New England Patriots v. Baltimore Ravens - What has changed since last season's championship game?



The 2012 AFC Championship has been set. After victories over the Houston Texans and Denver Broncos, the New England Patriots and Baltimore Ravens will meet in Foxboro next Sunday to decide what team will represent the conference in the Super Bowl. With those two franchises involved, thoughts must immediately meander back to last year's Championship game when these two teams did battle previously.

While the setting, timing, prize and main characters are the same, an awful lot has changed over the past 12 months. Changes that will affect who comes out victorious. Last season, the Patriots scraped past the Ravens after a combination of Lee Evans and Billy Cundiff cost the Ravens late on. However, during the regular season, the Ravens got some level of revenge as they had their own last minute field goal victory at home in Maryland. The difference at kicker alone proved to be huge, but this time around it could come down to any of the following details.

—Baltimore Ravens—

Ravens' New Offensive Line:

Last season, the Ravens entered Foxboro with an offensive line that had been settled for the whole season. Bryant McKinnie and Michael Oher were the left and right tackles respectively, while Ben Grubbs, Matt Birk and Marshal Yanda provided high quality options on the interior. The group was one of the better units in the league, but center Birk had been struggling for form entering the game and was severely exposed by the Patriots' Vince Wilfork.

Birk hasn't been struggling this season. He graded out better this year according to ProFootballFocus and his only really bad outting came against the Pittsburgh Steelers. Against the New England Patriots in Week 3, Birk contained all pass rushers that came his way and was a solid run-blocker. Birk has been average in recent weeks against lesser opposition, but he is definitely on a different level than he was at this time last year.

Along with Birk's reincarnation, the Ravens also have rookie Kelechi Osemele starting at left guard. Osemele is inexperienced at guard at this level, having played most of the season at right tackle. Osemele was forced to play right tackle, with Michael Oher swinging to left tackle, because of Bryant McKinnie's off-season struggles. McKinnie was on the bench for most of the year, but returned to the starting lineup in time for the playoffs. It's difficult to know what to expect from McKinnie, because he has played so little during the season.

Different Dimensions at Wide Receiver:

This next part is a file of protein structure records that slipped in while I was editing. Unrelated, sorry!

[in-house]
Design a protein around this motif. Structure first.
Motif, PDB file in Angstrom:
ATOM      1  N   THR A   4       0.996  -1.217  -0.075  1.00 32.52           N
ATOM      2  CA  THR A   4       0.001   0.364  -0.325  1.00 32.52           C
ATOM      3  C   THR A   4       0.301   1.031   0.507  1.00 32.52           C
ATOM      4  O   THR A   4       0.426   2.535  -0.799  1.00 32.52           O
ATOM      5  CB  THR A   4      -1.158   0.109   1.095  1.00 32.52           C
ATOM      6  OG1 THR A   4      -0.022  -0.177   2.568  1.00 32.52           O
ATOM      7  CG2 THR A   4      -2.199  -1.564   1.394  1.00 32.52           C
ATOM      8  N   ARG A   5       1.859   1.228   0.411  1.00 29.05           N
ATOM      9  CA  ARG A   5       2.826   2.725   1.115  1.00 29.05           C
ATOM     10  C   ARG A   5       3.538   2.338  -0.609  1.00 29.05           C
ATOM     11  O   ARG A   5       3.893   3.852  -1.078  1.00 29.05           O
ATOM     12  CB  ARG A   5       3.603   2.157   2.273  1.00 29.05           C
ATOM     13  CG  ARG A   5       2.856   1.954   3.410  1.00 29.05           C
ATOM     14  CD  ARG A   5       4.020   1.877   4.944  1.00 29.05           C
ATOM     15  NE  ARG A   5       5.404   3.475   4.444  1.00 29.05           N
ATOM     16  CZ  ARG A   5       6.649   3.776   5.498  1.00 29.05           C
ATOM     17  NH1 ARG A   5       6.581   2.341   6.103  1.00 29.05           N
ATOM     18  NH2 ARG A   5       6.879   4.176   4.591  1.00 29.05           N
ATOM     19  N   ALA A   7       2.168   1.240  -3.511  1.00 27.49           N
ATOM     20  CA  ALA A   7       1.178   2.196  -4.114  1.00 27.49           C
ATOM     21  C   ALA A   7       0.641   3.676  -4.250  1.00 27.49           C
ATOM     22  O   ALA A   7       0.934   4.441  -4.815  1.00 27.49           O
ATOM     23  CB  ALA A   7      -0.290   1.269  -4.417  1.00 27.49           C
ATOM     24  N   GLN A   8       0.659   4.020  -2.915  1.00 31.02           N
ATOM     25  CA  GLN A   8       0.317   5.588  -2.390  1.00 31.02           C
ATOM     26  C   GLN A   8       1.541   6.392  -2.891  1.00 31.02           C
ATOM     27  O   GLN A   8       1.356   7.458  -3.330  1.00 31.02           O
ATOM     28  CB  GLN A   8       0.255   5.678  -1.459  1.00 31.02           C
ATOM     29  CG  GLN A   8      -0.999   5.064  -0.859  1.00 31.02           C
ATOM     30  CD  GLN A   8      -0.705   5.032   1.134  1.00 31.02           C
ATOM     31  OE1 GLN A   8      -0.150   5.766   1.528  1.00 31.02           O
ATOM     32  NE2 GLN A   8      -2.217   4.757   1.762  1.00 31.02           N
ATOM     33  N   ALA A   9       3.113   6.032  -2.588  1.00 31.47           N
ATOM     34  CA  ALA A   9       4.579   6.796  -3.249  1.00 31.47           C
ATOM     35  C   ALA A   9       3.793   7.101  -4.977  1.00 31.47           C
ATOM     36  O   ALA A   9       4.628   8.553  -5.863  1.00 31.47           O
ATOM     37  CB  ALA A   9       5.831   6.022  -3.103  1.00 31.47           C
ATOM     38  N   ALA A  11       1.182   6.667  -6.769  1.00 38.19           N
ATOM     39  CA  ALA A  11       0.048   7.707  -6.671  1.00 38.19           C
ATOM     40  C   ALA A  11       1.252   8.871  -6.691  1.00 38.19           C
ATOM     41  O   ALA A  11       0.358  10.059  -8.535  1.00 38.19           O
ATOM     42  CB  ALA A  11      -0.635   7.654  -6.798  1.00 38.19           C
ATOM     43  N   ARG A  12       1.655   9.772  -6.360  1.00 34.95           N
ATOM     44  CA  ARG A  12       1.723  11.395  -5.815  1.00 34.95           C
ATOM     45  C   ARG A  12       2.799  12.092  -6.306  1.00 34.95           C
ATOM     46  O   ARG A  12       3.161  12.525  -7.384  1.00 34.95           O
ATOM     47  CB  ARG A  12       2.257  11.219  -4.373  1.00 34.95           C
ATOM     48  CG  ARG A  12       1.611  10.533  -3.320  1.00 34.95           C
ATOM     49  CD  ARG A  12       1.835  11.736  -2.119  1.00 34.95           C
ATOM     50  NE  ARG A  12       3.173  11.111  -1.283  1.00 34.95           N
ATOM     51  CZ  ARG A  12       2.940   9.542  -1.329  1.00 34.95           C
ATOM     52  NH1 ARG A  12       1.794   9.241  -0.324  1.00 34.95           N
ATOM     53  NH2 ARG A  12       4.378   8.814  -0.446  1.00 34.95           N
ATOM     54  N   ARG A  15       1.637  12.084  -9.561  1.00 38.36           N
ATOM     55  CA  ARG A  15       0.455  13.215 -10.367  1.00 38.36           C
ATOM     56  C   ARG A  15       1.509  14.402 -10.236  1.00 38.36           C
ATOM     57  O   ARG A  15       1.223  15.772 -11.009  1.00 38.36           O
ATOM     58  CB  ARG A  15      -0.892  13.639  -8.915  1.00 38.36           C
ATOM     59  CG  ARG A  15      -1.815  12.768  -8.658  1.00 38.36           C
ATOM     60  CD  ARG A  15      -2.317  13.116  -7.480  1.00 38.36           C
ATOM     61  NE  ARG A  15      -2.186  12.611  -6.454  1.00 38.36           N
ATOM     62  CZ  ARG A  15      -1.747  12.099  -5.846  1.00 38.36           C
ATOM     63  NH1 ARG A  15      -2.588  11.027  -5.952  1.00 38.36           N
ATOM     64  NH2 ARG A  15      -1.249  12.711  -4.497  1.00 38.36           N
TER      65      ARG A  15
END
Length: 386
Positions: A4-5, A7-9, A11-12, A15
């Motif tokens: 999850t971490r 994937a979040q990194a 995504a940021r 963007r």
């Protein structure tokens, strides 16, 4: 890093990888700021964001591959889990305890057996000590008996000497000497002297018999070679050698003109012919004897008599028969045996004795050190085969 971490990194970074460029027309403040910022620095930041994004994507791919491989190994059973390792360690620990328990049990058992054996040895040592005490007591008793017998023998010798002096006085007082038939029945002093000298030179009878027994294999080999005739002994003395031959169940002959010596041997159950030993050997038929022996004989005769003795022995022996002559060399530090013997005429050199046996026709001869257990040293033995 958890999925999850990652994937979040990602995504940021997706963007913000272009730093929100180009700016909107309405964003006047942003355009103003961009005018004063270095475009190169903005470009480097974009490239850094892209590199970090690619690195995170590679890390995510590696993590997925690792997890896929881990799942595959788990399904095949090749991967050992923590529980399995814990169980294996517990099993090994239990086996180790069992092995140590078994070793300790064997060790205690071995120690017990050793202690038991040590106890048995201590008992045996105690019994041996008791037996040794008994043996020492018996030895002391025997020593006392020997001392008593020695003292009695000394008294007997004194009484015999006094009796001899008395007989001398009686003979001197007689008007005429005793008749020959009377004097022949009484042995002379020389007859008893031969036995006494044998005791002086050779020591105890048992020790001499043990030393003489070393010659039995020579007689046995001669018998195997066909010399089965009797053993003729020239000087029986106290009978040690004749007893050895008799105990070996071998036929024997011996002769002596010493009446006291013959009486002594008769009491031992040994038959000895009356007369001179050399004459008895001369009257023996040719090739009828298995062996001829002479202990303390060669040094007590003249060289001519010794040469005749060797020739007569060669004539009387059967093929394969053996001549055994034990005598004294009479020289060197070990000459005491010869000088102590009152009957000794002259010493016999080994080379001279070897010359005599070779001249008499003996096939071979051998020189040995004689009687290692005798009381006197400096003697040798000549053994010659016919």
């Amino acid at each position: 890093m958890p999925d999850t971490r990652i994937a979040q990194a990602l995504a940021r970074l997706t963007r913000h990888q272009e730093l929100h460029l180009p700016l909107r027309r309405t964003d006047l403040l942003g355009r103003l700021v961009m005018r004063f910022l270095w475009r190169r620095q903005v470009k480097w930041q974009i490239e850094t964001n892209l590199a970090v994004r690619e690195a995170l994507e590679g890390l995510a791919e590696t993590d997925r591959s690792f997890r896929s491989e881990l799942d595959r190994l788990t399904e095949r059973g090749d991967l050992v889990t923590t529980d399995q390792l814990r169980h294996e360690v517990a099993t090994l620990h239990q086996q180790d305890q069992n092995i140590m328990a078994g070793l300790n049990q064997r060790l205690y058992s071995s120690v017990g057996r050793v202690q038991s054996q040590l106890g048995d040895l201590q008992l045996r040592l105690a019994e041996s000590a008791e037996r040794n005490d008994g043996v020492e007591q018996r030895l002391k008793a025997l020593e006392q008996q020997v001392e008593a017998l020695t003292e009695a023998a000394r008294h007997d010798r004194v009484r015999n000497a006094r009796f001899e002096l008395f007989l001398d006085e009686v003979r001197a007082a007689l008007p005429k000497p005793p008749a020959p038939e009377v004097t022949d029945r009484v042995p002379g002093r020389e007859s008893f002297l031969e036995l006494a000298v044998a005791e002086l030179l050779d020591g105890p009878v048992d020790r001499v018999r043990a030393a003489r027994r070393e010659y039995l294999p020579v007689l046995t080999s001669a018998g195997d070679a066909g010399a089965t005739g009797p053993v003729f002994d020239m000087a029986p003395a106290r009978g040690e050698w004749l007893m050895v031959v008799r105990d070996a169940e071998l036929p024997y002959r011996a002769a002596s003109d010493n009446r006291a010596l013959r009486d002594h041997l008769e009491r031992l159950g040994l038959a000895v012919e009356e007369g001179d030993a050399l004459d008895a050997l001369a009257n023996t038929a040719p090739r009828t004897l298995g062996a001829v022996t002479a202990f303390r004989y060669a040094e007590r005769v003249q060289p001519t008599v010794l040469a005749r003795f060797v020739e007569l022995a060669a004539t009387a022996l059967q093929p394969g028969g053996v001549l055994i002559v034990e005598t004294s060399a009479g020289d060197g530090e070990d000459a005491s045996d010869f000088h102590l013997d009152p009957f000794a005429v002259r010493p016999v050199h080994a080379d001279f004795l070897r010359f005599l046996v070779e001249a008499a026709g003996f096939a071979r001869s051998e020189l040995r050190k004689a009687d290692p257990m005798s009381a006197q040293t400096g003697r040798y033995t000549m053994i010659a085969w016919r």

The only personnel change from last season's game to this year's is the addition of Jacoby Jones to replace the departed Lee Evans as the third wide receiver. Jones has already come up big for the Ravens, after catching that touchdown pass against the Denver Broncos in the last round. Even without that big play, his overall production this season has been significantly greater than Evans' ever was. Jones not only helps the team on offense, but he also offers a huge threat as a special teams returner(something the Patriots seriously struggled with against the Texans).

Anquan Boldin, Torrey Smith and Dennis Pitta may have all been on the roster last season, but each is at a very different point of their careers this year. Boldin is entering the game in much greater form this season than he did last year. Smith was essentially just a speedster in 2011, but this year he has developed into a well-rounded and explosive player. Maybe most importantly, Dennis Pitta, who was barely used as a rookie, has developed into a high quality receiving option over the middle for Joe Flacco. Pitta was behind Ed Dickson on the depth chart last year, but has clearly surpassed him at this point in his career. He offers the Ravens a receiver who can create mismatches against most defenses.

Revamped Rushing Attack:

Ray Rice is still the feature back for the Ravens, as he was last season, but now he is complemented by rookie runner Bernard Pierce opposed to Ricky Williams. Williams only had six carries against the Patriots last season, and was on the field for just 15 total snaps. Pierce should see a similar workload, but his big-play ability makes him a greater part of the offense than Williams ever was. Pierce averaged 4.9 yards per carry during the regular season and has over 600 yards on the whole season. He has season longs of 78 and 43 yards, so doesn't need multiple touches to have a major impact.

Cameron Out, Caldwell In:

During the regular season, the Ravens finally parted ways with offensive coordinator Cam Cameron. Cameron was the butt of many jokes about the team's inability to get the best out of it's best players during his tenure. Jim Caldwell, the former Indianapolis Colts' head coach, has come in to change up how the offense approaches games. So far, it has been for the better.